05 March 2012

ACCC Applied Research Symposium highlights growth, skills for innovation

The annual ACCC Applied Research Symposium held last week in Ottawa featured excellent discussion of capacity building and the continued evolution of college/polytechnic applied research as a key enabler of the innovation economy. Seneca President David Agnew reminded the college community that we are in a lengthy development phase--and of the importance of our unflagging commitment as we chart a future path in developing the applied research layer of the Canadian innovation system. Also productive was recognition of the various tiers of  applied research taking place across the system, highlighting as it did the ways in which the college community can work together as innovation enablers--while teaching graduates essential innovation skills.

A panel on Social Science and Humanities research at Canadian colleges featured the report by Marti Jurmain and offered much that was helpful. This environmental scan shows a wealth of Humanities and Social Science (HASS) research is underway in the Canadian college system. Key here is colleges' ability to recognize where HASS exists and articulate how HASS fits into the S&T Strategy. I've made this point before in noting SSHRC President Chad Gaffield's focus on people centred innovation. It is vital for all of us engaged in research--applied or otherwise--to recognize that STEM skills alone are not enough to ensure innovation and productivity. As Christine Trauttmansdorff, Director, Policy, Planning, Governance and International at SSHRC, outlined in her address to the ACCC Symposium, understanding human thought and behaviour is essential to understanding how people innovate and how economies function, both socially and economically.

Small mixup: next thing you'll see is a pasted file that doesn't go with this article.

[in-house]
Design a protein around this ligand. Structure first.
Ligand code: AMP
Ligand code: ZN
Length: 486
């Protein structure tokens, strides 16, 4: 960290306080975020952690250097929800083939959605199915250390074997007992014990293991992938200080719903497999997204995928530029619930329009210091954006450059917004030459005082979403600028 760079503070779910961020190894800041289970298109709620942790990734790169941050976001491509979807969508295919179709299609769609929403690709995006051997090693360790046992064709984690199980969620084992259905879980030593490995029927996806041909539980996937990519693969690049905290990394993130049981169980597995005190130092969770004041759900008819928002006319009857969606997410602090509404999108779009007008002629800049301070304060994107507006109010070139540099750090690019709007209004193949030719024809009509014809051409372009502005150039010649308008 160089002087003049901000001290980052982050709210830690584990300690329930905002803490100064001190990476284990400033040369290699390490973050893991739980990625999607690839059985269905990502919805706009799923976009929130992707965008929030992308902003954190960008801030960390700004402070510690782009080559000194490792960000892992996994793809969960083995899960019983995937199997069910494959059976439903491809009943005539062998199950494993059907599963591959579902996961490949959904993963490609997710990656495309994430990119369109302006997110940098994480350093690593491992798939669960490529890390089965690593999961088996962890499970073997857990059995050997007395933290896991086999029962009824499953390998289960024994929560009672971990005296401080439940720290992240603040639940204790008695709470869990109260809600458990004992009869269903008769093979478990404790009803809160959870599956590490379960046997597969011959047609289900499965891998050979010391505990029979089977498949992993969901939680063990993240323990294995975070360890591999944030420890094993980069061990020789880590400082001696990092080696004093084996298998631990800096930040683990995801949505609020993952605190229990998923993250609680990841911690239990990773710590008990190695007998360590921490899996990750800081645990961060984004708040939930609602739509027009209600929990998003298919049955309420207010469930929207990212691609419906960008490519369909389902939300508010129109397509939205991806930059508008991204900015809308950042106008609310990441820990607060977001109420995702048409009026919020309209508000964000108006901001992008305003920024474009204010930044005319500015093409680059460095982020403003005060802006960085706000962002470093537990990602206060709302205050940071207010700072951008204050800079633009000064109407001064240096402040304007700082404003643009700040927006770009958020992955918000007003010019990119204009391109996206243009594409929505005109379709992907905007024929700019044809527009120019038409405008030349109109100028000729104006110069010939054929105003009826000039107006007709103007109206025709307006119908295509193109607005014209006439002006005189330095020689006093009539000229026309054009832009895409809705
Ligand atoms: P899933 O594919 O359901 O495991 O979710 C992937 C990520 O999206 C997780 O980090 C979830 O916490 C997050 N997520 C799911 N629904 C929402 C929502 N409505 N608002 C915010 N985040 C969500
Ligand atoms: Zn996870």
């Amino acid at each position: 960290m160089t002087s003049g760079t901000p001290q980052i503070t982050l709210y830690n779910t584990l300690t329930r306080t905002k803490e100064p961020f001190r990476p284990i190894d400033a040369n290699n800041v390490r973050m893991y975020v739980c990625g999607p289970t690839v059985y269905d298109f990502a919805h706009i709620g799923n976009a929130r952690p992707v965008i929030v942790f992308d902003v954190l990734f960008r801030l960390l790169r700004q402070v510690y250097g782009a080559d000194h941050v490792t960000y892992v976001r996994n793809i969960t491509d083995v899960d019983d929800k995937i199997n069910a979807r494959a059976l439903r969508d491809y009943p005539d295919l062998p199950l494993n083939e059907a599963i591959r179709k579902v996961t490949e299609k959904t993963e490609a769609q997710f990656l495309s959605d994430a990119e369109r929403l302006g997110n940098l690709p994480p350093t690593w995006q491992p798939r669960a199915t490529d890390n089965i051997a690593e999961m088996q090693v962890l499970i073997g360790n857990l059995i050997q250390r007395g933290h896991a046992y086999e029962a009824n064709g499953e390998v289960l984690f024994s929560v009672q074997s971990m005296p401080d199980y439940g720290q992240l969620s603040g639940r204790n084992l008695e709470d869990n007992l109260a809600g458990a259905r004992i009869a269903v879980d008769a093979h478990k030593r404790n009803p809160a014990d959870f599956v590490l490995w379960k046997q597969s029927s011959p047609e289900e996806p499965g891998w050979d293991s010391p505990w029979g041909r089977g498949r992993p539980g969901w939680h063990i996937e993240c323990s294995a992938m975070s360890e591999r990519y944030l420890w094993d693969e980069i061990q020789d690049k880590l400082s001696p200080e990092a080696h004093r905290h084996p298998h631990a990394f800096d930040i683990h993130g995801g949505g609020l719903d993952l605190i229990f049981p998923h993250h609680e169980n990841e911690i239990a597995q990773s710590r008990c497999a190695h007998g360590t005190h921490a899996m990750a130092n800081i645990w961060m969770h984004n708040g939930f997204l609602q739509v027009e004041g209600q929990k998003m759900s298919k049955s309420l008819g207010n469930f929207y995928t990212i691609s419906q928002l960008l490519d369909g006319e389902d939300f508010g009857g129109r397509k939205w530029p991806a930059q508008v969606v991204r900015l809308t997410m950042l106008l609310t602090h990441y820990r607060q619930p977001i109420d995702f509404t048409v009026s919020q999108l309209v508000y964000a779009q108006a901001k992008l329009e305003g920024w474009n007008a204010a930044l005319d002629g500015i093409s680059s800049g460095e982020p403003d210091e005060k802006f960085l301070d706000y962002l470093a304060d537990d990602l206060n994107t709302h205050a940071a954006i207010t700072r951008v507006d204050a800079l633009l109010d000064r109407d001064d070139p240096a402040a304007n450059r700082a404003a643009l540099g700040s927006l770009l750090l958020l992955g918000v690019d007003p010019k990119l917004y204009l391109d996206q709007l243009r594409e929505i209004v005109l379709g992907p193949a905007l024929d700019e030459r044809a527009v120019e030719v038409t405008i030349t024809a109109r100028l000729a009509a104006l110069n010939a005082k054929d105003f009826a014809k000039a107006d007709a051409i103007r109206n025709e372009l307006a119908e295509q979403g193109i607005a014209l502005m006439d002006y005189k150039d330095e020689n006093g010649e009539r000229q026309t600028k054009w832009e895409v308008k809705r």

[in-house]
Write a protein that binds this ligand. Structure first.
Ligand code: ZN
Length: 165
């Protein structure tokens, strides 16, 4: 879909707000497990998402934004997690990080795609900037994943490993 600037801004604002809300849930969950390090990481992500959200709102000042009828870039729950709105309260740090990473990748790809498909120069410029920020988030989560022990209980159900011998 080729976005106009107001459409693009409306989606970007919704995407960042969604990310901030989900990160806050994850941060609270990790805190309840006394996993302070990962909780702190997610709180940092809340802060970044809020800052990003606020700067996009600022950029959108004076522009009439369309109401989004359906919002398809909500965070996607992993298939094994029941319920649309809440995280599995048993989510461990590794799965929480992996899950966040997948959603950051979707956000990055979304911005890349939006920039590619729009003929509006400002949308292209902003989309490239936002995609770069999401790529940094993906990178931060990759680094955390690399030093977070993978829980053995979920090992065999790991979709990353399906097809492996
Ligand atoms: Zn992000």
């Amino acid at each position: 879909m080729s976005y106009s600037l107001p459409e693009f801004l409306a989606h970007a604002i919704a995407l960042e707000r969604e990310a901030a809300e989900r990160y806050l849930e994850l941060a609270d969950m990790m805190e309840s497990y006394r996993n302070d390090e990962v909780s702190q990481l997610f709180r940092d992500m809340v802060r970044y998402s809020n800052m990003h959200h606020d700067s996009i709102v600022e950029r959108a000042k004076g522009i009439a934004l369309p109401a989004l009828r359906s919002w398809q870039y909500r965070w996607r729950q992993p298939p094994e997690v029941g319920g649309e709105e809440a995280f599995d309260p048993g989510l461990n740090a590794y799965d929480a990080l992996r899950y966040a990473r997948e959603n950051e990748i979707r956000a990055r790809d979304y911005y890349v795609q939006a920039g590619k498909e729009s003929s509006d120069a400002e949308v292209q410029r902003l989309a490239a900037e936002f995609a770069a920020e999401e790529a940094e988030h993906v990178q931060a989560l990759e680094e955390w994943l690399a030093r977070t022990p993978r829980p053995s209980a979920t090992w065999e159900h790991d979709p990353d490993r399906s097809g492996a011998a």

Polytechnics Canada's CEO Nobina Robinson, in a recent Research Money editorial, rightly posits that "companies commercialize; people innovate". The development of talent for the innovation economy demands a full and complete perspective on a mix of skills. A piece in today's Globe has some very good insights on this issue. The essential skills outlined by Janet Lane and Todd Hirsch are central to a fully functioning innovation economy. There is another article on skills--Business leaders cite skilled-labour shortage as priority--focusing on the shortage of skilled workers across the country. To put these two perspectives together is to gain a fuller picture of social and economic productivity in Canada.

George Brown College's strategic emphasis on "understanding employment" and our emphasis on soft skills as necessary to employment success reflect our recognition of the need for a skills-combinant approach. To understand employment is to understand the difference between what employers want and what employers need. Research GBC conducted last year emphasizes this differential (employers want higher productivity but do not value innovation; however, innovation is the surest way to achieve productivity gains). This result is in keeping with research by the OECD, Conference Board, STIC, et al., who all call for a complex mix of skills to drive innovation and productivity. The Conference Board has done some good work on the relationship of advanced skills and innovation, though its argument focuses only on university graduates and ignores the fact that Canada is first in the OECD for tertiary (post secondary) education only when colleges are included (they do point out a Japanese college connection). This is the signal opportunity of college applied research and our emphasis on innovation literacy.

Key here is understanding how to integrate essential skills most effectively in curriculum while ensuring our students graduate with the ability to articulate how essential skills/soft skills/people skills relate to their employment. That is, how best can we teach what I would call the language of innovation in order to ensure our graduates can future-proof the economy? Innovation literacy is a term that refers to the bundling of essential skills that represent the recombinant mix of skills essential for enabling the innovation economy. The skills needed for the innovation economy will be a defining feature of the years ahead.

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